Diamyd Medical is to stop the U.S. Phase III trial evaluating its antigen-based therapy Diamyd® in type 1 diabetes patients. The decision was made after a review of efficacy data from the DiaPrevent study and a parallel European Phase III trial showed the treatment was unlikely to be effective.
Negative data from the European Phase III study were reported in May and showed Diamyd therapy did not meet the primary endpoint of preserving beta cell function at 15 months. The U.S. DiaPrevent had enrolled over 320 patients diagnosed with type 1 diabetes no more than three months prior.
Diamyd is undergoing a separate Phase II trial in type 1 diabetes that is being conducted by the Type 1 Diabetes TrialNet. Data from this study is due for presentation at the ADA meeting in San Diego next week. The potential for Diamyd to prevent type 1 diabetes in high risk children is in addition being evaluated in an externally funded and researcher-initiated Phase II study.
“We remain hopeful that Diamyd and the active substance GAD65 can be effective if administered earlier in the disease process to prevent type 1 diabetes, in certain subgroups, in combination with other drugs or in a different treatment regimen,” comments Peter Zerhouni, acting president and CEO at Diamyd Medical. “Immunological data collected in our European Phase III study has yet to be reviewed and will guide us in setting the future plan for Diamyd and GAD65.”
The Diamyd portfolio is based on the 65 kDa isoform of the recombinant human glutamic acid decarboxylase protein (rhGAD65), a major autoantigen in autoimmune diabetes, Diamyd Medical states. Diamyd therapy is designed to induce immunotolerization in patients with autoimmune diabetes to slow or prevent the destruction of pancreatic beta cells and maintain endogenous secretion of insulin.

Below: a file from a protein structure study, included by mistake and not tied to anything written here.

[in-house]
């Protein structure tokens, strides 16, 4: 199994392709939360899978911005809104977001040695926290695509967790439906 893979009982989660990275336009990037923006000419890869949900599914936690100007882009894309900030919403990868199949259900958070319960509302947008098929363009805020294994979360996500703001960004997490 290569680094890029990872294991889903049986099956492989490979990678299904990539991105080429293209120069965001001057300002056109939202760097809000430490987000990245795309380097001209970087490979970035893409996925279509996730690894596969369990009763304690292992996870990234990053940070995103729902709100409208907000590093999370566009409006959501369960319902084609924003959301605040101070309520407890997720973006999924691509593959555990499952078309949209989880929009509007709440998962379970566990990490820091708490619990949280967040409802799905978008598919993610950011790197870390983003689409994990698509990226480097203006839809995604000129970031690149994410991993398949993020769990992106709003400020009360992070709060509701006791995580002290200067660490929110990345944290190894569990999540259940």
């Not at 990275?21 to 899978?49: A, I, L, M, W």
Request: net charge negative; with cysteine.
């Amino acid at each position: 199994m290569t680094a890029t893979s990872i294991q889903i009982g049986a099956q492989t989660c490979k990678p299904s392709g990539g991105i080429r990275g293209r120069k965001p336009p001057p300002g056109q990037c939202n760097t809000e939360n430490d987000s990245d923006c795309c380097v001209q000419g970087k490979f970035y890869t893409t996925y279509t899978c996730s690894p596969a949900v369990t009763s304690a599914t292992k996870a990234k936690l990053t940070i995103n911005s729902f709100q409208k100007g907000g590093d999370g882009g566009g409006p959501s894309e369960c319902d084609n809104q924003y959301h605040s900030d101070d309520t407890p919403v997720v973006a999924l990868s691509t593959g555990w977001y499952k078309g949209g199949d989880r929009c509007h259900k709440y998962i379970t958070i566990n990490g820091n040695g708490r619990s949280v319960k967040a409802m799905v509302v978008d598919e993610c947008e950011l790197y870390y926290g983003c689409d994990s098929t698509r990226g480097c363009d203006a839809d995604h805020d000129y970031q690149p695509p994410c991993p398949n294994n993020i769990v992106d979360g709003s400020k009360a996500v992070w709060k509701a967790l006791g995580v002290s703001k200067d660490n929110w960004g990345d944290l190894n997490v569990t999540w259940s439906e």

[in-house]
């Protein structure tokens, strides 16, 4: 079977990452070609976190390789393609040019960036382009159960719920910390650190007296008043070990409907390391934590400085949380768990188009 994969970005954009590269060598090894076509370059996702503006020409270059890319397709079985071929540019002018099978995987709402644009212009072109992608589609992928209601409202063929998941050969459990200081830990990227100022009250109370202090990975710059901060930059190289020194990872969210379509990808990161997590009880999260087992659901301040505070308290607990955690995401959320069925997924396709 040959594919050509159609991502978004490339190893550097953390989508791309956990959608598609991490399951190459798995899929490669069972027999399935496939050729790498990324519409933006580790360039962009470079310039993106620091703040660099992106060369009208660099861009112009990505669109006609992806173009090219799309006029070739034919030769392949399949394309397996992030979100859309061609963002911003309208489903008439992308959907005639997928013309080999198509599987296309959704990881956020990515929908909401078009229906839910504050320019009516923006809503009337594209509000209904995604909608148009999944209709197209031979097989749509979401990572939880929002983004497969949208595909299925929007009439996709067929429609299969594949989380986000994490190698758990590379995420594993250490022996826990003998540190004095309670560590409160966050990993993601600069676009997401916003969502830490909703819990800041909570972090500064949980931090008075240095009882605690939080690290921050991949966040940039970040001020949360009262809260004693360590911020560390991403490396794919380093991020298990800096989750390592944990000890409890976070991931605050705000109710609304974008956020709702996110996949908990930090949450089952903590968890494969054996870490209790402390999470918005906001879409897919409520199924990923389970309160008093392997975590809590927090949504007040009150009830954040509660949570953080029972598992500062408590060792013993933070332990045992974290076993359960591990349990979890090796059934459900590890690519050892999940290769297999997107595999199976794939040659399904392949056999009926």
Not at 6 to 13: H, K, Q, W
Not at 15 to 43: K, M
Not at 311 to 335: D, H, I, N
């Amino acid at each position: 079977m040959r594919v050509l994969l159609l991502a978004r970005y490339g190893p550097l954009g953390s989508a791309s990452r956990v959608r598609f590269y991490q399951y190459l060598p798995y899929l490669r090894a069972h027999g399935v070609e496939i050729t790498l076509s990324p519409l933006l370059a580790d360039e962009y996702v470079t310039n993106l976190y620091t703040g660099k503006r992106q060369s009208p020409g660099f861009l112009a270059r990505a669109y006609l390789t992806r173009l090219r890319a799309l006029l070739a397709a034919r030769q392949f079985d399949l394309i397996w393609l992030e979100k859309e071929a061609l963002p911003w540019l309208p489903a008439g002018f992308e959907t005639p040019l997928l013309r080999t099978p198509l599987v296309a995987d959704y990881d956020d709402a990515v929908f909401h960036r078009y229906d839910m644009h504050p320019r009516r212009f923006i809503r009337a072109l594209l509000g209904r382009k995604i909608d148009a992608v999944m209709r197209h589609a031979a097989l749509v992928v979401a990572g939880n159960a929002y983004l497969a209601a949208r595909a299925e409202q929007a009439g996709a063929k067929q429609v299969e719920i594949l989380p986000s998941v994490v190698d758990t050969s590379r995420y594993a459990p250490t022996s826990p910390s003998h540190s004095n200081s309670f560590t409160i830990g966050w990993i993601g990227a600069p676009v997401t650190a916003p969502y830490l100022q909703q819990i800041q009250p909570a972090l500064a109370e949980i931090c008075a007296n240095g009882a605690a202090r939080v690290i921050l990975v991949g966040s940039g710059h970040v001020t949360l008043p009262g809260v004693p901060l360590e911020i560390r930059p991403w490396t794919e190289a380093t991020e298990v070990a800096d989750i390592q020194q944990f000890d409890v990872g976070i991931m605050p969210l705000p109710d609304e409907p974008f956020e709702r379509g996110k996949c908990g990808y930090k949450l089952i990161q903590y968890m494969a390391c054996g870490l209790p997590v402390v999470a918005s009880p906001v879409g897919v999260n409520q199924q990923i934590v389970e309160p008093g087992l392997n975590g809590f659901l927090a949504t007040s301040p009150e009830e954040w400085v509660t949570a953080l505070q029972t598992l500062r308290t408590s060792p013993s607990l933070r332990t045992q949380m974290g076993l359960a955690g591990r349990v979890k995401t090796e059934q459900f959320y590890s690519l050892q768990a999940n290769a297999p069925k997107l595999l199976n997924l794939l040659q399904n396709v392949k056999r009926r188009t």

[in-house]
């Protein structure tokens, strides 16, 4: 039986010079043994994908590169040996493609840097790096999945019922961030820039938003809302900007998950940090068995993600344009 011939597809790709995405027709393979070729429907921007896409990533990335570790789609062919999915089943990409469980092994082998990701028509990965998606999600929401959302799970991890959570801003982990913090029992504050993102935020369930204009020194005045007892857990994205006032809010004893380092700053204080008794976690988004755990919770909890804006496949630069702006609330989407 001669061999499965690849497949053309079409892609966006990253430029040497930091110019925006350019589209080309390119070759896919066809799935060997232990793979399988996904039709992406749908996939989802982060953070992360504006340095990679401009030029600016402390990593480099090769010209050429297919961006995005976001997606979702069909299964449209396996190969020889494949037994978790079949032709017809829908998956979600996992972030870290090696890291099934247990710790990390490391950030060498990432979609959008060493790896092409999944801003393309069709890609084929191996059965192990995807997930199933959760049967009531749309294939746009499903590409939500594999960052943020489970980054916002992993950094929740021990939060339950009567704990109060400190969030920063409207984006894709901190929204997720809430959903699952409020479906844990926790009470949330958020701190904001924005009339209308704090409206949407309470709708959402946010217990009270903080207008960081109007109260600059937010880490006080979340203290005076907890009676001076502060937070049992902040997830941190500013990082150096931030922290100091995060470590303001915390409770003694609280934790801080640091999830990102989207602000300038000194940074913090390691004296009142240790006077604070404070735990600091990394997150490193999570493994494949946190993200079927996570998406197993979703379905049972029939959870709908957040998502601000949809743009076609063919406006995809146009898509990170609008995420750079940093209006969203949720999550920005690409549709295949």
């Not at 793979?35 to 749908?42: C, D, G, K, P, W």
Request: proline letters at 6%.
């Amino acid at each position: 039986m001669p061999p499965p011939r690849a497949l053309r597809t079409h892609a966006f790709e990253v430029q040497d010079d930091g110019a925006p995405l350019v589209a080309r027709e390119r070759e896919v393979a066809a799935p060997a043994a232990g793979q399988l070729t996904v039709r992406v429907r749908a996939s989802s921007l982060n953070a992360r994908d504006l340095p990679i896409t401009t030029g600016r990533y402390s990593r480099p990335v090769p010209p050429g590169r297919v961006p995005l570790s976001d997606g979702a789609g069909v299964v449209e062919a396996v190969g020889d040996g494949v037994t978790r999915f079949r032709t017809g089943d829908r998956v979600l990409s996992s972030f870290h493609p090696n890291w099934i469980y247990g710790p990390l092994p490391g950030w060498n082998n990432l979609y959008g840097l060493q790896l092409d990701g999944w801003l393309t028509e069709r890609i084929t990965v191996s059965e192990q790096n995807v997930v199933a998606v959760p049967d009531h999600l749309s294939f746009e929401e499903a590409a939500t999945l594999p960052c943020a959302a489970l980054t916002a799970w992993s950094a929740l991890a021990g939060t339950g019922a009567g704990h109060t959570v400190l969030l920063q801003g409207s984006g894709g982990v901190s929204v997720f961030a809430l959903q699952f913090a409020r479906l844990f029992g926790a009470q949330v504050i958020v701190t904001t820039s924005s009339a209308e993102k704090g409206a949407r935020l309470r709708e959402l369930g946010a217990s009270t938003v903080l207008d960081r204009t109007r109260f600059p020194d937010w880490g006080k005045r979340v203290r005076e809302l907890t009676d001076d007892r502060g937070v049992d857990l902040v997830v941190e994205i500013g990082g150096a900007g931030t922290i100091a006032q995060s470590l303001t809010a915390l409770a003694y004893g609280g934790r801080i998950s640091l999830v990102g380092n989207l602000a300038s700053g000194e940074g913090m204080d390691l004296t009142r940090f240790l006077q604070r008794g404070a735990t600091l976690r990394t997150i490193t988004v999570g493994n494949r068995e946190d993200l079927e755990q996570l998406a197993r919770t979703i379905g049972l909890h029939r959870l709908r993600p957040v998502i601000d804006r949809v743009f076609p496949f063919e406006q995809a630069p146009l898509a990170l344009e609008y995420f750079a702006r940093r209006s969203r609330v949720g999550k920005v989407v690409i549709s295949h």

The treatment is in addition undergoing Phase II development in patients with latent autoimmune diabetes in adults (LADA), using a different formulation of Diamyd to that used for the type 1 diabetes indication. Neurologix has licensed GAD from Diamyd Medical on a nonexclusive basis for the development of new therapies for Parkinson disease.
Diamyd Medical is developing a second, pain product based on the Nerve Targeting Drug Delivery System (NTDDS) platform it acquired through the takeover of Nurel Therapeutics in 2005. In January the firm initiated a Phase II study with lead NTDDS candidate, NP2 Enkephalin, in patients with severe cancer pain. The candidate has been developed to deliver the natural opioid enkephalin directly to the nervous system.
Two other NTDDS products are also in preclinical development. NG2 GAD uses the NTDDS platform to deliver GAD locally to nerve cells and is primarily in development for the treatment of diabetes pain, supported by grant funding from the U.S. Department of Veterans Affairs. Clinical studies of diabetes pain are planned in 2011.
Diamyd Medical says preclinical data suggests NG2 GAD could also have utility in the treatment of chronic neuropathic pain resulting from nerve damage such as spinal cord injury. The second preclinical-stage NTDDS candidate, NE2 Endomorphin, is in development for the treatment of neuropathic pain.